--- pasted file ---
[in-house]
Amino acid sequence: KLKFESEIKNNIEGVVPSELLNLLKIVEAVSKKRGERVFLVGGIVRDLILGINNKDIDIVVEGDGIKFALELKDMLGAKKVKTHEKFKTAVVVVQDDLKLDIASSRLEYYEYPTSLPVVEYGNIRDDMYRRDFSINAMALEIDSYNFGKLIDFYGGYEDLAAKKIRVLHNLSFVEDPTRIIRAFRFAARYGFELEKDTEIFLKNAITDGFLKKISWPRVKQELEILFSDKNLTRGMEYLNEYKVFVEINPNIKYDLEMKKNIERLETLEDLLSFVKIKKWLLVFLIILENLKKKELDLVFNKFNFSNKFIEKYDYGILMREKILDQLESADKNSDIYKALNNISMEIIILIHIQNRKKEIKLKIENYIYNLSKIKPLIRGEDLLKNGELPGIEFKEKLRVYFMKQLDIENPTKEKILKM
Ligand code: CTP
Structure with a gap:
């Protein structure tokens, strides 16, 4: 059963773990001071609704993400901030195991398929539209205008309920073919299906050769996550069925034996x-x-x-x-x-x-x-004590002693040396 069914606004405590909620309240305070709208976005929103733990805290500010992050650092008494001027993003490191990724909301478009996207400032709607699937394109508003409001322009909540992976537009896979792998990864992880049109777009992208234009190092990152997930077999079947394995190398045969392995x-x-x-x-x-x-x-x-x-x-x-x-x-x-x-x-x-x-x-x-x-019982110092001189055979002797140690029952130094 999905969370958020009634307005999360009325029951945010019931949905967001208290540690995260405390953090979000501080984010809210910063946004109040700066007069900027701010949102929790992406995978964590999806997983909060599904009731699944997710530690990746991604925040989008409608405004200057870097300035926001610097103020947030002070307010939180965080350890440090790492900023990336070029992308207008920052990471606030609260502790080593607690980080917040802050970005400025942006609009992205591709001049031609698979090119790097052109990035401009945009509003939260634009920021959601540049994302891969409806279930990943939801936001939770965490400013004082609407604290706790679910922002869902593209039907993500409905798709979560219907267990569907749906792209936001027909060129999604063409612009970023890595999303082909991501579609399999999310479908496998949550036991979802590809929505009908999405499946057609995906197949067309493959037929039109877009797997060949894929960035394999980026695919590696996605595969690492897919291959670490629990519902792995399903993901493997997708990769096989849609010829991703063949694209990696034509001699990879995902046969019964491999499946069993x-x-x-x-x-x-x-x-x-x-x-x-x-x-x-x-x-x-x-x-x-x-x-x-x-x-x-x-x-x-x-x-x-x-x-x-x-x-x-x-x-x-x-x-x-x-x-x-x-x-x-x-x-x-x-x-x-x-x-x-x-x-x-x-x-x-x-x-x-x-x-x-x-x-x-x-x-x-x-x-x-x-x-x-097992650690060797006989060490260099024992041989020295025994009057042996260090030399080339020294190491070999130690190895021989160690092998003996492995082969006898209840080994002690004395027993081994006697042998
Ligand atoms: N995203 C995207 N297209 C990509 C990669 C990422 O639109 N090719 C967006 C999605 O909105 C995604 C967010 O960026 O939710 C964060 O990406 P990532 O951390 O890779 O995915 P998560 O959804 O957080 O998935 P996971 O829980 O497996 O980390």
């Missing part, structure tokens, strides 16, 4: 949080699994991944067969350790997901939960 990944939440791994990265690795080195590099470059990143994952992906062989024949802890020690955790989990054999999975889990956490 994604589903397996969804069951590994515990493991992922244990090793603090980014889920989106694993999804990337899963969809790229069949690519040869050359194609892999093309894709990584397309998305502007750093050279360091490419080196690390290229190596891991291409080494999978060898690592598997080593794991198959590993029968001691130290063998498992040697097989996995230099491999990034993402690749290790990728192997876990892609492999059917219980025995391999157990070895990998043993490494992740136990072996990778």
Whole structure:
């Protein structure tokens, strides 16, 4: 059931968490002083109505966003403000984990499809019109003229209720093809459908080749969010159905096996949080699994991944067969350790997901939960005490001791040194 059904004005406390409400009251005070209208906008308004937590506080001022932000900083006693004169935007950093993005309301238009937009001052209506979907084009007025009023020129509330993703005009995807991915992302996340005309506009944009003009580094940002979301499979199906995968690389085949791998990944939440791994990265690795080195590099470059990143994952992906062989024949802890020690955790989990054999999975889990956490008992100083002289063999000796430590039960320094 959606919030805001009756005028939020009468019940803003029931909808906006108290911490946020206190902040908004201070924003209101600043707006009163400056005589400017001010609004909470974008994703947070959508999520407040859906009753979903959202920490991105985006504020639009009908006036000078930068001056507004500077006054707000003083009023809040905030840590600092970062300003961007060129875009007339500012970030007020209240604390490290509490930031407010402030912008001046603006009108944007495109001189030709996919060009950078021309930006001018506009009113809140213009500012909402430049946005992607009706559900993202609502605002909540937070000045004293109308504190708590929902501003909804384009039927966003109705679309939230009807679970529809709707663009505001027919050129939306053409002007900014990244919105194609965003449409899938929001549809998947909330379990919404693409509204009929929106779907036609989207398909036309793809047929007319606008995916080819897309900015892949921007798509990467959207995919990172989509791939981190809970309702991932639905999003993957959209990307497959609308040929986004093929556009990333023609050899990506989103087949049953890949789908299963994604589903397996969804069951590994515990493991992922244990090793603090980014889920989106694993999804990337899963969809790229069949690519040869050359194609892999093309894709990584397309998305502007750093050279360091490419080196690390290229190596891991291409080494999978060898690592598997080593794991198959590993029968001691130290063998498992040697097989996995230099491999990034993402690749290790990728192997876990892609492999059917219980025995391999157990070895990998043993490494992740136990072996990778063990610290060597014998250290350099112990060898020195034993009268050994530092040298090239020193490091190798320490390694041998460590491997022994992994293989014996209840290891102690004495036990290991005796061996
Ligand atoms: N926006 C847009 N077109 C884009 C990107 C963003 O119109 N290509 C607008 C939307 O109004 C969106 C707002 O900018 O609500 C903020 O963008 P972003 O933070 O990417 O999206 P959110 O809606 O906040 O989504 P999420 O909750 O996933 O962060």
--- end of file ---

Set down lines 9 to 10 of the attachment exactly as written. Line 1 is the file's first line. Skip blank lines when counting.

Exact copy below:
């Protein structure tokens, strides 16, 4: 059931968490002083109505966003403000984990499809019109003229209720093809459908080749969010159905096996949080699994991944067969350790997901939960005490001791040194 059904004005406390409400009251005070209208906008308004937590506080001022932000900083006693004169935007950093993005309301238009937009001052209506979907084009007025009023020129509330993703005009995807991915992302996340005309506009944009003009580094940002979301499979199906995968690389085949791998990944939440791994990265690795080195590099470059990143994952992906062989024949802890020690955790989990054999999975889990956490008992100083002289063999000796430590039960320094 959606919030805001009756005028939020009468019940803003029931909808906006108290911490946020206190902040908004201070924003209101600043707006009163400056005589400017001010609004909470974008994703947070959508999520407040859906009753979903959202920490991105985006504020639009009908006036000078930068001056507004500077006054707000003083009023809040905030840590600092970062300003961007060129875009007339500012970030007020209240604390490290509490930031407010402030912008001046603006009108944007495109001189030709996919060009950078021309930006001018506009009113809140213009500012909402430049946005992607009706559900993202609502605002909540937070000045004293109308504190708590929902501003909804384009039927966003109705679309939230009807679970529809709707663009505001027919050129939306053409002007900014990244919105194609965003449409899938929001549809998947909330379990919404693409509204009929929106779907036609989207398909036309793809047929007319606008995916080819897309900015892949921007798509990467959207995919990172989509791939981190809970309702991932639905999003993957959209990307497959609308040929986004093929556009990333023609050899990506989103087949049953890949789908299963994604589903397996969804069951590994515990493991992922244990090793603090980014889920989106694993999804990337899963969809790229069949690519040869050359194609892999093309894709990584397309998305502007750093050279360091490419080196690390290229190596891991291409080494999978060898690592598997080593794991198959590993029968001691130290063998498992040697097989996995230099491999990034993402690749290790990728192997876990892609492999059917219980025995391999157990070895990998043993490494992740136990072996990778063990610290060597014998250290350099112990060898020195034993009268050994530092040298090239020193490091190798320490390694041998460590491997022994992994293989014996209840290891102690004495036990290991005796061996
Ligand atoms: N926006 C847009 N077109 C884009 C990107 C963003 O119109 N290509 C607008 C939307 O109004 C969106 C707002 O900018 O609500 C903020 O963008 P972003 O933070 O990417 O999206 P959110 O809606 O906040 O989504 P999420 O909750 O996933 O962060």